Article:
Stronger cybersecurity bill passes House committee

The U.S. House of Representatives Judiciary Committee today approved a bill that would significantly strengthen existing federal cybercrime law and provide law enforcement with increased enforcement tools.

Among the highlights of the Cybersecurity Enhancement and Data Protection Act of 2006, introduced by Rep. Jim Sensenbrenner Jr., R-Wisc.:

      · The use of botnets would become a federal crime. Bots, hidden from the user and remotely controlled by a hacker, are considered by many security experts to be one of the fastest growing malware threats.

      · Cyber extortion would extend to criminals who threaten to access a protected computer and demand a promise from the victim. Existing law only prohibits criminals who threaten to damage a computer.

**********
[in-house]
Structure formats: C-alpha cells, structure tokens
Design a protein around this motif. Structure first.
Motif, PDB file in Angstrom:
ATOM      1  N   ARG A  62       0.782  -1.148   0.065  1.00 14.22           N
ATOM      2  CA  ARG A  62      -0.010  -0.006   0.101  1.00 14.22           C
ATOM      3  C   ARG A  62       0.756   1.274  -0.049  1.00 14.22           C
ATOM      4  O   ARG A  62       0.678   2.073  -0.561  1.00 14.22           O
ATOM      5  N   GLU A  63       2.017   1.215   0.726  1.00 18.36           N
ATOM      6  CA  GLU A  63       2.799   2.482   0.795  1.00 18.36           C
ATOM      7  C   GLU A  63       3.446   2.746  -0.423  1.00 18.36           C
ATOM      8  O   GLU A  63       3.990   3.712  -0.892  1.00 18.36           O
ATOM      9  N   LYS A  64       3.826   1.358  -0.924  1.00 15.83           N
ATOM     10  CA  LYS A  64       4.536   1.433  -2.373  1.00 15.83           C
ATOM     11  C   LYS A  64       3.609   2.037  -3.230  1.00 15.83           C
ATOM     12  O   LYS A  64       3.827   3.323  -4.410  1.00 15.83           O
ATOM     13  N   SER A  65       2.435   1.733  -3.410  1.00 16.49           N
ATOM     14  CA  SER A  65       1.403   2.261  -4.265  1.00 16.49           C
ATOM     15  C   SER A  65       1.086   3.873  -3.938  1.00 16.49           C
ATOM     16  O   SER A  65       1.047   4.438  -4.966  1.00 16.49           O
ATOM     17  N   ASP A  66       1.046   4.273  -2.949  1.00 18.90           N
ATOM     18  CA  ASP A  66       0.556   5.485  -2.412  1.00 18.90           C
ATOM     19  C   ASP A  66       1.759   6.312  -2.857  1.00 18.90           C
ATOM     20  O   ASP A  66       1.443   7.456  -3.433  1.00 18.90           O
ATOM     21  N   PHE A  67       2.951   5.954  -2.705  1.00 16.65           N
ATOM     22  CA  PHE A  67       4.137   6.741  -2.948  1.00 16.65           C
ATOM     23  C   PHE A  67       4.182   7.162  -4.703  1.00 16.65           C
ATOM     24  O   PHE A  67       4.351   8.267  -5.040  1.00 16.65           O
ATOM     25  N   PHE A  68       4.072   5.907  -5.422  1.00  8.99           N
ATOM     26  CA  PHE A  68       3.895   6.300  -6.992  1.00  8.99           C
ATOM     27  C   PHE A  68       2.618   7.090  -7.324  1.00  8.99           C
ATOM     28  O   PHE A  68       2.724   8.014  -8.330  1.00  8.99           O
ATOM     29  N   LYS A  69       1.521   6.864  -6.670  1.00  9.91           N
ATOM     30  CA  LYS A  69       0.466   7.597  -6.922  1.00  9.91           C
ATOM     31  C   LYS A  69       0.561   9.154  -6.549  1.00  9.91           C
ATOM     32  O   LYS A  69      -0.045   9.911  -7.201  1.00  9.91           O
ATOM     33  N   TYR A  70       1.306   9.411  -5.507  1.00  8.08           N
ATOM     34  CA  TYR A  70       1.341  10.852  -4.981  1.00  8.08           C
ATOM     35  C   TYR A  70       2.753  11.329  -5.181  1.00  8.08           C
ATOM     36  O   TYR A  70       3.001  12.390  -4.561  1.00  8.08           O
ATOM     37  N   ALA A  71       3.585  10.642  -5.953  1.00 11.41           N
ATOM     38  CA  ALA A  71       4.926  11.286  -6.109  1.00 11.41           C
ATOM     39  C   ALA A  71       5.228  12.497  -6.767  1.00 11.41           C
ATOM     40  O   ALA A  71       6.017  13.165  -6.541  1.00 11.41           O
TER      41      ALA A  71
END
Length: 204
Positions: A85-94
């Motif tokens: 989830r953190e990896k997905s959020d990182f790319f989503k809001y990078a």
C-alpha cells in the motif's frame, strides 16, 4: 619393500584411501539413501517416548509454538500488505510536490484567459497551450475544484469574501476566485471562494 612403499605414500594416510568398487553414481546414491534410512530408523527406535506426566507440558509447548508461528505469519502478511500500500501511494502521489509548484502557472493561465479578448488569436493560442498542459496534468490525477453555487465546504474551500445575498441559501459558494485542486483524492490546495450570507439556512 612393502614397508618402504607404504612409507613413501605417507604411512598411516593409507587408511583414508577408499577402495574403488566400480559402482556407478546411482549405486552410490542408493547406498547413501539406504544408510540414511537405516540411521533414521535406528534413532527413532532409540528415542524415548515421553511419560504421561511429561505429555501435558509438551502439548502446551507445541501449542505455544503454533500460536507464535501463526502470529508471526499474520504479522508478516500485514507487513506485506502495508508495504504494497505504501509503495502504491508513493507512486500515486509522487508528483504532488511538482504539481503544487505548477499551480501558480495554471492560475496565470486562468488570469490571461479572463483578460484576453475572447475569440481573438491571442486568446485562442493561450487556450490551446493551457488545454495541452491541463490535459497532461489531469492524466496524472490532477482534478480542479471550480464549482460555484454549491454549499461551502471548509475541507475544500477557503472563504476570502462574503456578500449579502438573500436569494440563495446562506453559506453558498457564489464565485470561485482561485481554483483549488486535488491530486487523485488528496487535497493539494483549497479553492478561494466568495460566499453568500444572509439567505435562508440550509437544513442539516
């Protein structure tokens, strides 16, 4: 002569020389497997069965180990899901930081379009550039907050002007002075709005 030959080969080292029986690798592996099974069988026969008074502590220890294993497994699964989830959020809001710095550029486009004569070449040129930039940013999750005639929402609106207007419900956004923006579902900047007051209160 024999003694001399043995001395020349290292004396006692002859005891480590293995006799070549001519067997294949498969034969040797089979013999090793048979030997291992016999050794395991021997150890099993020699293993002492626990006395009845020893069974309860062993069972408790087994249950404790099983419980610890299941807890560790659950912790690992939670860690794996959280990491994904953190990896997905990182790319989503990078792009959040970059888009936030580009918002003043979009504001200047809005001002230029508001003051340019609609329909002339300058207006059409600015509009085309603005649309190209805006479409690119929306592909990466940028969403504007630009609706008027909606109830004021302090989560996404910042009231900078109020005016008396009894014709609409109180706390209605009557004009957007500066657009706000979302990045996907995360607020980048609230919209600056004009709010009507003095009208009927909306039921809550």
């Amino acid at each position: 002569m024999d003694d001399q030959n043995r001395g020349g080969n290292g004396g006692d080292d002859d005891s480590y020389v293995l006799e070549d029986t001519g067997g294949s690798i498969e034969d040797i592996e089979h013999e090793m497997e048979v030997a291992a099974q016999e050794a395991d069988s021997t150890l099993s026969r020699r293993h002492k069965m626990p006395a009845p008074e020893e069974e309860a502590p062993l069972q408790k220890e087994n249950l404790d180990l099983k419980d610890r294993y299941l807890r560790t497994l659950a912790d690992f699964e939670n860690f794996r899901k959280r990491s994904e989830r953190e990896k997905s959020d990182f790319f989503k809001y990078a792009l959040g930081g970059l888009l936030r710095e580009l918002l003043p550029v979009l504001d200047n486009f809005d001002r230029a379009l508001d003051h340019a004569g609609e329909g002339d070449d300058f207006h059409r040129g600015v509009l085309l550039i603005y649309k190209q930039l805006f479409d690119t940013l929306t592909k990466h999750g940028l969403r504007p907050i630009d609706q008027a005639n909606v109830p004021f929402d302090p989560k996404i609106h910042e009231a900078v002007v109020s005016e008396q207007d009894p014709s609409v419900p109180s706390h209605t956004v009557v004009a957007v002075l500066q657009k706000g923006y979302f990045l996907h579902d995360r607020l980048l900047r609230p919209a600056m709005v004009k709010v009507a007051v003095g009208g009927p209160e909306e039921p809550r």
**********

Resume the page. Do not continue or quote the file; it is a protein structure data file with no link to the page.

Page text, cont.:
· Convicted criminals who violate some portions of the would-be-law face up to 30 years in prison. Currently, a defendant must only forfeit proceeds.

The bill also offers authorities greater enforcement powers and resources. Included is a section that provides an additional $10 million annually to the Secret Service, FBI and Department of Justice to investigate and prosecute cybercrimes. The bill makes failing to report breaches to the FBI or Secret Service than involve at least 5,000 customers a crime punishable by up to five years in prison.

In a statement, the Business Software Alliance (BSA) applauded today’s news, which awaits House and Senate consideration.

"Cybercriminals are becoming increasingly sophisticated and organized, and law enforcement officials are in a constant race against time," BSA President and CEO Robert Holleyman said. "The bill will help close the loopholes in criminal code, encourage early notification to law enforcement and provide the necessary tools to find and prosecute online criminals."

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